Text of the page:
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Task 4: Read the following abstracts and decide whether you want to read the whole text or not. Explain the reasons.


A: Academic literacy and plagiarism: Conversations with international graduate students and disciplinary professors by Ali R. Abasi & Barbara Graves. Journal of English for Academic Purposes 7 (2008) 221-233


In this study we examine how university plagiarism policies interact with international graduate students? academic writing in English as they develop identities as authors and students. The study is informed by the sociocultural theoretical perspective [Vygotsky, L. (1978). Mind in society: The development of higher mental processes. Cambridge, MA: Harvard University Press. Wertsch, J. V. (1991). Voices of the mind: A sociocultural approach to mediated action. Cambridge, MA: Harvard University Press.] that foregrounds the crucial role of appropriation in learning, and the Bakhtinian dialogism [Bakhtin, M. M. (1981). The dialogic imagination. Austin, TX: University of Texas Press; Bakhtin, M. M. (1986). Speech genres and other late essays. Austin, TX: University of Texas Press.] that highlights intertextuality as a fundamental feature of language use. Relying on multiple data sources including text-based interviews, in-depth interviews with students and disciplinary professors, course syllabi, field notes, and institutional documents, we consider the social discourses that surround students as they interact with prior sources in order to understand how they construct their texts. We discuss how university plagiarism policies frame the professor-student relationship and influence student text production. We conclude by critiquing university plagiarism policies that serve to mystify academic writing, negatively affecting those students who are less familiar with the genre of academic writing. 2008 Elsevier Ltd. All rights reserved.


Keywords: Academic literacy; Discourses; International students; Plagiarism


B: Analyzing Genre Exemplars in Preparation for Writing: The Case of an L2 Graduate Student in the ESP Genre-based Instructional Framework of Academic Literacy by An Cheng. Applied Linguistics 29/1: 50?71. Oxford University Press 2008


Some researchers believe that the ESP genre-based framework of writing instruction is effective in teaching discipline-specific English EAP writing to L2 learners, especially to advanced L2 graduate students. However, studies examining students? genre-based learning in such a framework are still underrepresented in current ESP genre-based literature. This study focused on a Chinese-speaking graduate student in electrical engineering who analyzed genre exemplars in preparation for writing. My analysis of the data reveals this student?s two prominent and interrelated ways of analyzing the discourse-level generic features in discipline-specific genre exemplars. They are (a) rhetorical, as evidenced in his consistent attention not only to the generic features, but also to the underlying rhetorical parameters, such as reader, writer, and purpose and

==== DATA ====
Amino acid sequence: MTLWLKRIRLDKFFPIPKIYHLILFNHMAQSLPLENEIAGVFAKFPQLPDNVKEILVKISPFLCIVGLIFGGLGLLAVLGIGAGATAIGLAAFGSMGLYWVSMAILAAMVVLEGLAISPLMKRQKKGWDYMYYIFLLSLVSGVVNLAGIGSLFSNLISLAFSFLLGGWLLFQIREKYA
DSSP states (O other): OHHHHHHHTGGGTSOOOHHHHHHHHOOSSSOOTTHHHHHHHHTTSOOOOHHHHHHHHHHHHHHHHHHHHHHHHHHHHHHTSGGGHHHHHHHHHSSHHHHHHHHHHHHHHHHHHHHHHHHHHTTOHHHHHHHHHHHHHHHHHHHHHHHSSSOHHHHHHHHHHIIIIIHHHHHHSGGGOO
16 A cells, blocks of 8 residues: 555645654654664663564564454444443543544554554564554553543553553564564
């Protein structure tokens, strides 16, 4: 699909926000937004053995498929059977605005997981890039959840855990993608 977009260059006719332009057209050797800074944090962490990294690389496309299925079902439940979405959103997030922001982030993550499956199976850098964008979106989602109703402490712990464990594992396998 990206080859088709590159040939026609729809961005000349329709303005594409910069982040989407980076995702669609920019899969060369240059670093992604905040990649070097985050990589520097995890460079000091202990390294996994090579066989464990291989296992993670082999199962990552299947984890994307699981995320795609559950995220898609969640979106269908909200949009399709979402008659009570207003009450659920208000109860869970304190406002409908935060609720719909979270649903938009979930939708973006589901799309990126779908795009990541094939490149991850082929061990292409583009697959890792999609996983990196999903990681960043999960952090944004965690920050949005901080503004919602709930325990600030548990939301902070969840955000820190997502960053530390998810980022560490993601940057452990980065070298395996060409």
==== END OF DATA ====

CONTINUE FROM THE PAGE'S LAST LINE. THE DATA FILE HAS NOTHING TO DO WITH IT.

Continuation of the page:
(b) evaluative, as shown in his increasingly sophisticated evaluation of the discourse-level generic features in the genre exemplars. The student?s rhetorical and evaluative reading of the genre exemplars highlights the potential power of genre as an explicit, supportive tool for building academic literacy.




In the last two and half decades, scholars and researchers in Applied Linguistics and other allied fields have shown an increasing interest in titles of academic publications. The place of style at the level of the individual language user has, however, been under-researched. This study, therefore, investigates the extent to which titles of conference papers vary according to individual authors? preferences and disciplinary proclivities. A total of 78 conference paper titles of four scholars (two each from the disciplines of Education and Applied Linguistics) constituted the data set for the study. The titles of each scholar were analyzed, based on four variables, namely lexical density, length in words, structural organization, and syntactic encoding, using both quantitative and qualitative analytical approaches. The findings show that the titles of individual scholars within the same discipline vary considerably. Both similarities and differences between the two disciplines regarding the construction of titles are also observed.

The study concludes that, in general, titles maintain discipline-constrained and generic characteristics; yet, these titles are considerably characterized by individual preferences of the scholars. These findings of the study have Implications for the scholarship on the interface between individuality and disciplinarity, academic writing and further research.


Key words: commonality, conference paper title, discipline, individuality, lexical density


D: Communicative Competence and the Improvement of University Teaching: insights from the field by A. Abbas & M. Mclean. British Journal of Sociology of Education, Vol. 24, No. 1, 2003



The arguments in this article have been generated from involvement in a government-funded project designed to improve teaching. The authors reflect on their experience and use Jurgen Habermas?s theory of communicative competence to argue that initiatives designed to improve university teaching often work against their own intentions by closing down opportunities for open dialogue. They argue that improvement of teaching requires undistorted communication and demonstrate that this is made difficult: by the pressure to be seen to succeed; by over-specifying what constitutes good teaching; and, by divorcing research from development. At the same time, they suggest that academics could seize opportunities to open up dialogue about teaching.



Date: 2016-06-13; view: 991

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